History: The Boston Marathon

by Natalie Yuhas



Marathon Monday is a tradition beloved by the entire city of Boston, and especially by Boston College students.  Every Patriots’ Day, members of the Boston College community gather on Commonwealth Avenue to cheer on the marathoners running past campus. It’s a day filled with camaraderie and spirit that make this city and this campus so special.


The very first Boston Marathon was organized by Boston Athletic Association member and US Olympic Team Manager, John Graham, after he was inspired by the Olympic Marathon. He teamed up with a local businessman, Herbert Holton, and together they planned out the original 24.5 mile route from Metcalf’s Mill in Ashland, MA to the Irvington Oval in Boston. The distance was selected based on a famous Greek legend where the Greek foot-soldier, Pheidippides, ran 24.5 miles to deliver news of the Greek victory over the Persian army. Upon reaching Athens, Pheidippides exclaimed, “Rejoice! We conquer!” and collapsed.


In 1908, the Olympic Games were held in London. King Edward VII and Queen Alexandria wanted the race to begin at Windsor Castle so that they could watch the runners. The distance between London and the Olympic Stadium was a little bit longer, at 26 miles. In 1924, The Boston Marathon course was extended to 16 miles in order to conform to the standard race length set by the Olympic Games.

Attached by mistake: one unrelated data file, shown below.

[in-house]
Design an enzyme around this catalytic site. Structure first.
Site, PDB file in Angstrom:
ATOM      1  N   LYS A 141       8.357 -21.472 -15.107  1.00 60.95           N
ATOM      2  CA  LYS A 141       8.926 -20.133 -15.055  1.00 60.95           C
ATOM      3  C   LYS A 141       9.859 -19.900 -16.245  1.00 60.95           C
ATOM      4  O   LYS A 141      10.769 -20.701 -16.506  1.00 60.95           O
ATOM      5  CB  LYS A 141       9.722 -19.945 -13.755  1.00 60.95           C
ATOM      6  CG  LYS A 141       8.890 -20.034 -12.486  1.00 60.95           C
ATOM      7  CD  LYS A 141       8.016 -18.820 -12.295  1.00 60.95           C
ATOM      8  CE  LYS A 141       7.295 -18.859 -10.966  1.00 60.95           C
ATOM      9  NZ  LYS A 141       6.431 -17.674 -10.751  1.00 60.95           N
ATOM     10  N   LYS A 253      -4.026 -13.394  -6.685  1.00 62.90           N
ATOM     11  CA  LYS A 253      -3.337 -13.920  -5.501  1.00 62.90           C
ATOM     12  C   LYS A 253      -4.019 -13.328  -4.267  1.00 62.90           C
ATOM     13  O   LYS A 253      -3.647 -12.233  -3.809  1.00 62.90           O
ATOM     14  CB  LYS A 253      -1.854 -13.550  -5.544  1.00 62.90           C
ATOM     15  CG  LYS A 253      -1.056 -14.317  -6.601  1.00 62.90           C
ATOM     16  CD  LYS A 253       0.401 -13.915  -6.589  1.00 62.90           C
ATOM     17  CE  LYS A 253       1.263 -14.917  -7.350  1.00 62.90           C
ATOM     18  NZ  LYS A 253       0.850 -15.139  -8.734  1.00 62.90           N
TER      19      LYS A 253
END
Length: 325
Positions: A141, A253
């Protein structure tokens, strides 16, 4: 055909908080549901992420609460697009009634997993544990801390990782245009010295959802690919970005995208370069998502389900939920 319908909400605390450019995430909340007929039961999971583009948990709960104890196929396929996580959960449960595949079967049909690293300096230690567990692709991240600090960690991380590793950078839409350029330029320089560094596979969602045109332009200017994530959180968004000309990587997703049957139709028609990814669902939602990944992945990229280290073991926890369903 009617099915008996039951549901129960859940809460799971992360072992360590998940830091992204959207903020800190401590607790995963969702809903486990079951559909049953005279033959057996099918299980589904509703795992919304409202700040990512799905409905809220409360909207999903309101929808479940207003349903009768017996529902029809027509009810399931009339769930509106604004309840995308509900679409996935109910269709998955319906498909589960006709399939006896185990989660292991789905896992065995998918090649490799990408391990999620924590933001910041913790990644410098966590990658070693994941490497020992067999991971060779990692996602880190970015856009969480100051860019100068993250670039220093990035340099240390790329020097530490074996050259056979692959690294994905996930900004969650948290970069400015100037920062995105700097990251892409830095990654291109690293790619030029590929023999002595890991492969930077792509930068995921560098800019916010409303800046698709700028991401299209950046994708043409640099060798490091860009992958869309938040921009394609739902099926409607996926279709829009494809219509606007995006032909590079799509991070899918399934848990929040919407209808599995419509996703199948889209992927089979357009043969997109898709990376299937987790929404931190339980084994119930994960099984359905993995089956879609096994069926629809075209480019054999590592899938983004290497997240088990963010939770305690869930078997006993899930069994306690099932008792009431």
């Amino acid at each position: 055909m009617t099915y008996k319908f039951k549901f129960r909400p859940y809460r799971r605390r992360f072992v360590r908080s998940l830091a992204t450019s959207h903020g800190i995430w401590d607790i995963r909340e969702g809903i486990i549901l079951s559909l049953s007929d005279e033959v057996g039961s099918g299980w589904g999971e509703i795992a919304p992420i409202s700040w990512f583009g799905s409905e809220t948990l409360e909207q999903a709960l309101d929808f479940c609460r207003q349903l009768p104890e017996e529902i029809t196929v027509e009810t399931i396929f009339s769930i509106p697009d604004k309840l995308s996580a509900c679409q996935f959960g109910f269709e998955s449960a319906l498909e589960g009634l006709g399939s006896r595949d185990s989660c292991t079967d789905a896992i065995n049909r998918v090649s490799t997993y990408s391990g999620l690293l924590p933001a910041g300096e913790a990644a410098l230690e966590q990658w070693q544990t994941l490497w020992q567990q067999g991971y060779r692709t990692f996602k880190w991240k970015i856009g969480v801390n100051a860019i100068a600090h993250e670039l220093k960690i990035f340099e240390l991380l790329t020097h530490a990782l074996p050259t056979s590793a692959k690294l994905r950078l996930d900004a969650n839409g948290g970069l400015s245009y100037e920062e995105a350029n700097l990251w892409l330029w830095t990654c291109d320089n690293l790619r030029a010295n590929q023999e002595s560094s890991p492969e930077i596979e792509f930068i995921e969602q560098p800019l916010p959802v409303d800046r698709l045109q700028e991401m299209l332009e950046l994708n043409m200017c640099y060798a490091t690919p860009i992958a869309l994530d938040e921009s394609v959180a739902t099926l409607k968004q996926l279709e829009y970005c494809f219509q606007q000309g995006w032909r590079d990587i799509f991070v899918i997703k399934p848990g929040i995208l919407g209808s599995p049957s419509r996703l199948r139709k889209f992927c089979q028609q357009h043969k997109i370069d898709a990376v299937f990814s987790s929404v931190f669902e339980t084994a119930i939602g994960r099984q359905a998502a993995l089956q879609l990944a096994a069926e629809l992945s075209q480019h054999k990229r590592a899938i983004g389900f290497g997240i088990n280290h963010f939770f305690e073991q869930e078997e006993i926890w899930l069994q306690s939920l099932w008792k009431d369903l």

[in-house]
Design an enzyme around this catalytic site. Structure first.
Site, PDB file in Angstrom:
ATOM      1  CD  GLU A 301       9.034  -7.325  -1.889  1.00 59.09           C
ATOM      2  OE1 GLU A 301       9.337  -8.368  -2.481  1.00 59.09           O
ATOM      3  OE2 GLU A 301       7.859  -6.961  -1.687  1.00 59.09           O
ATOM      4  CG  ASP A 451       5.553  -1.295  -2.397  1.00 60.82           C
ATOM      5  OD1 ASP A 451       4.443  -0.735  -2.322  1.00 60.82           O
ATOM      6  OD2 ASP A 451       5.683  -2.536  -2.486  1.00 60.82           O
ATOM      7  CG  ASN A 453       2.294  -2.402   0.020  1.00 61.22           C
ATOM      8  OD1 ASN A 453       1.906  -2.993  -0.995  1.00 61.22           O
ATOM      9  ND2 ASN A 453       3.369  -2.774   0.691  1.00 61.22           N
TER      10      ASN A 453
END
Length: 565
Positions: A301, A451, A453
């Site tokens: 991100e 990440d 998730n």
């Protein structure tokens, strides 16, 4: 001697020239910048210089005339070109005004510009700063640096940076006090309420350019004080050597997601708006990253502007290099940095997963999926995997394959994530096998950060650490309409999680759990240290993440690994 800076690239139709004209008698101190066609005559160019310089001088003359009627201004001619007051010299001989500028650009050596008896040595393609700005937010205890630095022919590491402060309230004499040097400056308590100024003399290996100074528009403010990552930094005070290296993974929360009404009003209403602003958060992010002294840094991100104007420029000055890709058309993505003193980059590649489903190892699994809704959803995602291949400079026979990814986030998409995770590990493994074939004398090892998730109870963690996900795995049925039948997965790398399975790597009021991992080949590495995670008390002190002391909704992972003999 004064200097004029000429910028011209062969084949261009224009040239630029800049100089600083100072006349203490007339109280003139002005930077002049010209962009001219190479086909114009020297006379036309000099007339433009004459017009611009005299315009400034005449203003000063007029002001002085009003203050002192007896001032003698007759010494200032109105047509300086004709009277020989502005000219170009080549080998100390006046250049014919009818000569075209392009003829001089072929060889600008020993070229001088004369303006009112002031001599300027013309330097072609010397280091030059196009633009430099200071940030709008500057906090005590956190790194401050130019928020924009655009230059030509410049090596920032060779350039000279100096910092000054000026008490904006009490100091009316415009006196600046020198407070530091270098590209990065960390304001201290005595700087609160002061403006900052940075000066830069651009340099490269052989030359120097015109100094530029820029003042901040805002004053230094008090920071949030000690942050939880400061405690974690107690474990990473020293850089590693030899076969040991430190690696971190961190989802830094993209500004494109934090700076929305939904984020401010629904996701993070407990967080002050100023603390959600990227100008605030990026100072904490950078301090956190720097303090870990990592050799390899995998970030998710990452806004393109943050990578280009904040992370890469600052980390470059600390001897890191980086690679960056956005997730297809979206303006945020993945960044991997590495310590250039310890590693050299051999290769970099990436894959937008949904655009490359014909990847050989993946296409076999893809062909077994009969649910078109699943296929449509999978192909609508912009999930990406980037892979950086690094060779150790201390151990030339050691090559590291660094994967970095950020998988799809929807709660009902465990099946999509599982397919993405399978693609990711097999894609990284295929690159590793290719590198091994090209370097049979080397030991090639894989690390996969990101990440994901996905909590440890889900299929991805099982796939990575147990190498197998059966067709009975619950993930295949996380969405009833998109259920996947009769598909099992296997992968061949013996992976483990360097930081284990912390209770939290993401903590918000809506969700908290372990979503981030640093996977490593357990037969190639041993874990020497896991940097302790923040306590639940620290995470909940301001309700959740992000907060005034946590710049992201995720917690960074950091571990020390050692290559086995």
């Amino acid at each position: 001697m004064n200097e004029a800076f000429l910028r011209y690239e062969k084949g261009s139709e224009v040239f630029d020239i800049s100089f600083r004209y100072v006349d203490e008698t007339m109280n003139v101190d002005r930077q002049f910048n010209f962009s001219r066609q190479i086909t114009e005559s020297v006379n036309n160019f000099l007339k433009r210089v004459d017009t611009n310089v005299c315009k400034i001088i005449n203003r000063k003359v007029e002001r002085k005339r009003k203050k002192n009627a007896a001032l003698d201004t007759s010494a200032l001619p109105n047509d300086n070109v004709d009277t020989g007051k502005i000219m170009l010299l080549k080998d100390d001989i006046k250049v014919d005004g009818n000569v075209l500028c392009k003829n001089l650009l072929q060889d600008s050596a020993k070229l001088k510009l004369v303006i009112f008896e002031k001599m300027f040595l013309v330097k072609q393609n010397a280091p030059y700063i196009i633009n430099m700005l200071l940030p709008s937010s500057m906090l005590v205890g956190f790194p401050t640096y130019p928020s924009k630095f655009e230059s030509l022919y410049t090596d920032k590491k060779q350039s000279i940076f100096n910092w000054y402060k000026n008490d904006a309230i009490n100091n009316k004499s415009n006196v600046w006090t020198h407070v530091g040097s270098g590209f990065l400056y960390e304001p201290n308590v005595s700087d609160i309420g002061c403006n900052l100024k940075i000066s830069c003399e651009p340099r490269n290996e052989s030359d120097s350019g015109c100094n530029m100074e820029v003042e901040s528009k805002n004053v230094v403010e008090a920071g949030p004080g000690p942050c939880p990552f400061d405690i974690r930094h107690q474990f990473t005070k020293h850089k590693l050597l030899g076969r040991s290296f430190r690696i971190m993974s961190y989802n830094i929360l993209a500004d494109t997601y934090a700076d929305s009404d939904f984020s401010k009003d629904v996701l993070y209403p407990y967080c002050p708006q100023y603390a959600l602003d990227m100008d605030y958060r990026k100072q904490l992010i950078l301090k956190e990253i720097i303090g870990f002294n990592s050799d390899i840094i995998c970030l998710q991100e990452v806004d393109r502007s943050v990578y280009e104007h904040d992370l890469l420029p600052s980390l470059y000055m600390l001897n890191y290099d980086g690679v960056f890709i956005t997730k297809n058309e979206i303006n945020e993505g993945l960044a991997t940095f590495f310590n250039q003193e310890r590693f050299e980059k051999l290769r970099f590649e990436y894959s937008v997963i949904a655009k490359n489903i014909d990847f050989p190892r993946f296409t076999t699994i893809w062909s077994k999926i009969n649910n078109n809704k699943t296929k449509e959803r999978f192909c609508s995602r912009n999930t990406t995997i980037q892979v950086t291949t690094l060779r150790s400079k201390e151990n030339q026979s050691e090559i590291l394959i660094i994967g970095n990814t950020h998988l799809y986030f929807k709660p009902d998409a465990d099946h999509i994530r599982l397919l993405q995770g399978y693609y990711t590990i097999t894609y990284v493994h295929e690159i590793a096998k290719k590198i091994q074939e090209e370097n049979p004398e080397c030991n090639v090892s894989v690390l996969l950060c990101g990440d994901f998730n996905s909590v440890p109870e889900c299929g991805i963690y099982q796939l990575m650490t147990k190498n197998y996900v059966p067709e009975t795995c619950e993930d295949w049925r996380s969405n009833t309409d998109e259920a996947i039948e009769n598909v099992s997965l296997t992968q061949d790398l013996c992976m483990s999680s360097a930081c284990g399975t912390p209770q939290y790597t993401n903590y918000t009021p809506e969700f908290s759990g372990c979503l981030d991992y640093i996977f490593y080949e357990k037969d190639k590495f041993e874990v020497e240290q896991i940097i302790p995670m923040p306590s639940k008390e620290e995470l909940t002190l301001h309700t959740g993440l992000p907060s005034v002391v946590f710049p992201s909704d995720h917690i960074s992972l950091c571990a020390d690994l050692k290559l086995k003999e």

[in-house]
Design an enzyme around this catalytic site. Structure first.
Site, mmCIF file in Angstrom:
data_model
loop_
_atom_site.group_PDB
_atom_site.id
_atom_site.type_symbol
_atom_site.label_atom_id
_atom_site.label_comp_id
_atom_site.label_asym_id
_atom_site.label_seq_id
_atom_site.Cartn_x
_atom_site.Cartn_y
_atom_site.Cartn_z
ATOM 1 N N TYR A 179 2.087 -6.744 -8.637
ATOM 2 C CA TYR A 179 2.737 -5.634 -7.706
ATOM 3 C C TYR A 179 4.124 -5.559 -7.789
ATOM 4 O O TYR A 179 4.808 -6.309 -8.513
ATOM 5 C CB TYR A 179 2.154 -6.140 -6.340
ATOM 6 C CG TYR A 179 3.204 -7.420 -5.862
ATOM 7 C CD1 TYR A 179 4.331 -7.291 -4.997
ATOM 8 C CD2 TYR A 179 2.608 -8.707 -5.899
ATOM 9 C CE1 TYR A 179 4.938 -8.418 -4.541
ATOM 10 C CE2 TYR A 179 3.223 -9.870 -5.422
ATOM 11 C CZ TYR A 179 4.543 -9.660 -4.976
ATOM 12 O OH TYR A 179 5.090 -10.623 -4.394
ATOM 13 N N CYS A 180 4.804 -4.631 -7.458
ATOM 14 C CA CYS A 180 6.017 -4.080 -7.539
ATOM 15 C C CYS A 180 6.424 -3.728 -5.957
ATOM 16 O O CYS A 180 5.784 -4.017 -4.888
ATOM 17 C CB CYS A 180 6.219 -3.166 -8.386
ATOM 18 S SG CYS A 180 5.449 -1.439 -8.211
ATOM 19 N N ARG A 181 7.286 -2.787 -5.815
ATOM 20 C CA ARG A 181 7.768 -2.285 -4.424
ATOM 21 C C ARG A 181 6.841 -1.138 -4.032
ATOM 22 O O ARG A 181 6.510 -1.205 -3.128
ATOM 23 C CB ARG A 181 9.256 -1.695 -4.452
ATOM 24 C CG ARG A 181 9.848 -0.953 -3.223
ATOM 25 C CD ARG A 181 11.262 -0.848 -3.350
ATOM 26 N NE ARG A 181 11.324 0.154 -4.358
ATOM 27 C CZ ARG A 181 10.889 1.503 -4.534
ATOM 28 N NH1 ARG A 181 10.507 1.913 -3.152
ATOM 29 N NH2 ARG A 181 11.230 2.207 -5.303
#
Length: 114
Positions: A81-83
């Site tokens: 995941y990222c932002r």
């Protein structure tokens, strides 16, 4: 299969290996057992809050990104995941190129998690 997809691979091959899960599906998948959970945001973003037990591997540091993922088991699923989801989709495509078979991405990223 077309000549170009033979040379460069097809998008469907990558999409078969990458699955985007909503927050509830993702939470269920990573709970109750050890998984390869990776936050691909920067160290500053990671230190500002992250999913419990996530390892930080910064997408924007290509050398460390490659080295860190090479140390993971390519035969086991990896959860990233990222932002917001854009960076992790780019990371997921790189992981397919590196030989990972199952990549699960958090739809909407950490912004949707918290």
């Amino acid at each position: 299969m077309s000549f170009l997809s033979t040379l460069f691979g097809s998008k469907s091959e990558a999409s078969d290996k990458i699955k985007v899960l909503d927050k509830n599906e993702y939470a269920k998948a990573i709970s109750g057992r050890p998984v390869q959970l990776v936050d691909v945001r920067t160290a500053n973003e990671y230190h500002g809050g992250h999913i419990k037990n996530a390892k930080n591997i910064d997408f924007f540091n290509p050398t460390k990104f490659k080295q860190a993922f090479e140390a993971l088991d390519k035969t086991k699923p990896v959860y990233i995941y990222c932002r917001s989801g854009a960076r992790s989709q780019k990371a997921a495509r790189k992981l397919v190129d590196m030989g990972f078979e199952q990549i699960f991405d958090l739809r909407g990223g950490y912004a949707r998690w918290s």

Between 1897 and 1968, the Boston Marathon was held on April 19, Patriots’ Day, except for when the Holiday fell on Sundays. In that case, the Boston Marathon would be pushed back a day and be celebrated that Monday. In 1969, the race was officially moved to the third Monday of April. The first person to win the Boston Marathon was John McDermott from New York with a time of 2:55:10.


The Marathon has grown and evolved through the years. Now, women and people in wheelchairs participate in the race. It has become a vital piece of Boston culture that draws in thousands of people each year. Despite the bombings that occurred on April 15, 2013, the community only grew stronger and more eager to run. As a graduating senior, I am so grateful that I have gotten the opportunity to participate in the love and support that is the Boston Marathon.

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